|Sprite July 8, 2013|
We made the decision today after Sprite experienced another rough night, the second in a month. Sprite has now joined Rob's puppy Buzz in doggy Heaven.
For months Sprite's back legs would splay out behind him when he's eaten dinner. Today he didn't want breakfast, just 4 small bites of chicken, and treats.
Sprite has had a bad heart murmur since we took him in as a foster dog. Last year he developed kidney failure. For the last 6 months he's only been able to hold his urine for 4-5 hours maximum, so we've put towels in the kitchen for him (and he used them).
|Sprite and Tom at the vet when we first got him Dec. 2010|
He was unable to walk around the neighborhood for over a year. I've had to carry him upstairs and downstairs for about a year, and outside and back inside for the last several months. His breathing was somewhat labored over the last several days.
He was blind in one eye, and only saw light and shadows with the other, and deaf in one ear. His quality of life was really not good, and we kept him comfortable.
He loved his Pupperoni, though. and couldn't wait to get it at 8pm while we all went upstairs to watch TV to unwind.
Our thanks to Cozy Canine Camp and especially Mary Chick for making Sprite's life at daycare such a wonderful experience over the years. Family Vet Clinic in Gambrills has also been wonderful with all of his surgeries and getting him healthy since he arrived in Dec. 2010.
Tonight, Dr. Christine Yates, and Vet Tech Eric, were amazing and patient with us and Sprite as we brought him in. They gave him a sedative and let him drift off over 40 minutes before it was time. Tom and I held onto him and told him it was okay to go. We are both a mess tonight.
Thanks for your notes and Facebook messages and texts. I'm just not up for talking tonight.
WHEN DID WE GET SPRITE?
|Sprite in 2010 with a growth on his neck|
Sprite was obviously NEVER HUGGED, and NEVER HAD TOYS. When we got him he didn't know what a hug was, and Tom said Sprite was unaffectionate and he was right. It wasn't until Dec. 2013 that Sprite would come to me to get his head rubbed. He never played with toys, though. In 2011, Dr. Yates told us that because of his Heart Murmur, if he were to go to another home it would've killed him (the stress), so we ADOPTED SPRITE.
Story about his teeth removal: http://rob-tom-dolly-franklin.blogspot.com/search?q=sprite+foster+dog
|May 11, 2011, Ed joins us for a dog walk- Sprite had to be carried the whole way|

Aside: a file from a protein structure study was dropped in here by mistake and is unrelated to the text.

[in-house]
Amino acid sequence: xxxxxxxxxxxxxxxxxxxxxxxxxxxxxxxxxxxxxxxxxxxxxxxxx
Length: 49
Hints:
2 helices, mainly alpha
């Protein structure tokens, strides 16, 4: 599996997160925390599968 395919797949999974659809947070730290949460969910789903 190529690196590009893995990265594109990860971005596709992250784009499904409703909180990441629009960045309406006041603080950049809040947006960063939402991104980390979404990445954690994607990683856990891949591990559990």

On Sunday night, July 8, I (Rob) took Sprite to the emergency vet. Sprite is just over 16 1\2 yrs old and has been dealing with kidney failure and a serious heart murmur for years.
|Sprite was Finally Happy all healed in 2011!|
|Franklin, Sprite and Dolly pose in 2012|
hospital at 10:30 p.m.
His breathing was labored, and they took him in the back rooms to try and quell the bleeding. After 30-45 minutes at the ER they managed to stop the continuous bleeding, although he bled more when he came home.
The emergency vet thought it could be a tumor, but would have to put him under to test him. His weak heart and kidneys can't handle that. He's only eating treats, and for the last couple of months, I have usually carried him out to do his business, and then carry him back in. Although he did walk occasionally and once he found the strength in his weak back legs, he would walk a bit in the back yard (although mostly stop, stand and stare at the sky).
SHORT VIDEO OF SPRITE FROM TODAY: JULY 8, 2013>>>>>>>
Following is a post I wrote for the UK TRIP Blog - that involves a medical emergency with Sprite while we were on vacation. This was a serious issue, so we knew this was coming.
UK Trip #19: A Doggone Emergency
The last thing that anyone wants to hear on a trip is that there's an emergency back home. When we were in our second night in Scotland, that's the message we received on a slip of paper under our door. We just finished taking the "Witchery Tour" of the city and got back to the room at 10:30 p.m. local time to find that note. The note said "Please call your mother as soon as possible."
|Sprite, a screaming Dolly, and Franklin with Santa:2012|
SEVERAL UNANSWERED CALLS - We talked to the front desk who said we could call the U.S. directly for a very minimal amount, so we tried calling Tom's mom, my mom, the dog's kennel, and couldn't get through to anyone.Our great travel agent, Anne Marie Clark of Across the Pond Tours was on the phone when we tried calling. So, Rob ran down the stairs to the business center and emailed the kennel and Tom's mom. By this time, it was 11 p.m. local time (7 p.m. Eastern Time/U.S.).
|Dressed for winter|
Tom found this helpful advice on line that hit every chord about little Sprite (and may help others):
When It's Time
|Sprite in 2011|
Many of us take a long time to reach this conclusion and it's understandable. Any decision to put a dog to sleep is difficult, feels premature, and is often tainted with guilt. Perhaps you feel your dog has brought you years and years of pleasure, and now you owe it to him to comfort and sustain him for as long as he is willing to carry on. Again, this is a perfectly understandable and completely rational thought from a human perspective. Consider everything I have written here about how it looks from the dog's perspective.
Once your dog's heath slips off the edge, nature has no intention of restoring him. His senses have dulled. His mobility, as he knew it, has gone. He struggles to orient himself. He may be in pain, or so diminished by pain medication that he cannot do any of the things he once loved to do. The feedback he receives from you is laced with pity. He cannot do his job. He cannot even do normal body functions correctly. Worst of all, none of this makes any sense to him. The kindest, most loving act you can do at this point is to gently help him find everlasting peace.